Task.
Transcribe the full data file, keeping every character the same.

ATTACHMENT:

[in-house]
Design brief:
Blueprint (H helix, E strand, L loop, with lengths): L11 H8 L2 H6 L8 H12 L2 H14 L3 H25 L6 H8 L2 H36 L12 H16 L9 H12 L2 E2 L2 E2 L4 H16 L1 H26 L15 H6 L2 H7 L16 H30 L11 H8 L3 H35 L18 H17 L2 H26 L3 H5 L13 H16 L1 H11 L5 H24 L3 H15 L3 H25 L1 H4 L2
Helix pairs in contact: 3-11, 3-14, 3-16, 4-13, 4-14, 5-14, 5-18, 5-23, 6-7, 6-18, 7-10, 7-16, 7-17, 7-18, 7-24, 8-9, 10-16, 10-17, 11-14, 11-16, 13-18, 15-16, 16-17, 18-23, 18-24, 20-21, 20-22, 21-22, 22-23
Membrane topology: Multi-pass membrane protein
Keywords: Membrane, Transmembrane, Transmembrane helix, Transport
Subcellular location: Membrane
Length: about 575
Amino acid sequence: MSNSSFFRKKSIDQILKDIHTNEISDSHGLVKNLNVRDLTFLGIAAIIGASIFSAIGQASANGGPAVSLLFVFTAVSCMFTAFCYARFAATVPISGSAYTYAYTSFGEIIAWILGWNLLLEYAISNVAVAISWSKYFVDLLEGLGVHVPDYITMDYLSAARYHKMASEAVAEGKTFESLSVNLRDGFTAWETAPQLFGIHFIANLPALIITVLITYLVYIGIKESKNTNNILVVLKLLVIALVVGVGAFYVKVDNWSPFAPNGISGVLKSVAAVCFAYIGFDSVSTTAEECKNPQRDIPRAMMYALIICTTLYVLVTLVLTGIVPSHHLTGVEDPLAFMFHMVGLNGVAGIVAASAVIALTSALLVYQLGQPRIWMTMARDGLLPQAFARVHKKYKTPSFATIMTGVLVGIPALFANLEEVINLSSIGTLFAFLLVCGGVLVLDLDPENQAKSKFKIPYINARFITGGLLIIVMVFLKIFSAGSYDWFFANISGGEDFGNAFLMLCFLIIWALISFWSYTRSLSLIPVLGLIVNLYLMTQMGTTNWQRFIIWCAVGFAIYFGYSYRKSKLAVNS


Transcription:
[in-house]
Design brief:
Blueprint (H helix, E strand, L loop, with lengths): L11 H8 L2 H6 L8 H12 L2 H14 L3 H25 L6 H8 L2 H36 L12 H16 L9 H12 L2 E2 L2 E2 L4 H16 L1 H26 L15 H6 L2 H7 L16 H30 L11 H8 L3 H35 L18 H17 L2 H26 L3 H5 L13 H16 L1 H11 L5 H24 L3 H15 L3 H25 L1 H4 L2
Helix pairs in contact: 3-11, 3-14, 3-16, 4-13, 4-14, 5-14, 5-18, 5-23, 6-7, 6-18, 7-10, 7-16, 7-17, 7-18, 7-24, 8-9, 10-16, 10-17, 11-14, 11-16, 13-18, 15-16, 16-17, 18-23, 18-24, 20-21, 20-22, 21-22, 22-23
Membrane topology: Multi-pass membrane protein
Keywords: Membrane, Transmembrane, Transmembrane helix, Transport
Subcellular location: Membrane
Length: about 575
Amino acid sequence: MSNSSFFRKKSIDQILKDIHTNEISDSHGLVKNLNVRDLTFLGIAAIIGASIFSAIGQASANGGPAVSLLFVFTAVSCMFTAFCYARFAATVPISGSAYTYAYTSFGEIIAWILGWNLLLEYAISNVAVAISWSKYFVDLLEGLGVHVPDYITMDYLSAARYHKMASEAVAEGKTFESLSVNLRDGFTAWETAPQLFGIHFIANLPALIITVLITYLVYIGIKESKNTNNILVVLKLLVIALVVGVGAFYVKVDNWSPFAPNGISGVLKSVAAVCFAYIGFDSVSTTAEECKNPQRDIPRAMMYALIICTTLYVLVTLVLTGIVPSHHLTGVEDPLAFMFHMVGLNGVAGIVAASAVIALTSALLVYQLGQPRIWMTMARDGLLPQAFARVHKKYKTPSFATIMTGVLVGIPALFANLEEVINLSSIGTLFAFLLVCGGVLVLDLDPENQAKSKFKIPYINARFITGGLLIIVMVFLKIFSAGSYDWFFANISGGEDFGNAFLMLCFLIIWALISFWSYTRSLSLIPVLGLIVNLYLMTQMGTTNWQRFIIWCAVGFAIYFGYSYRKSKLAVNS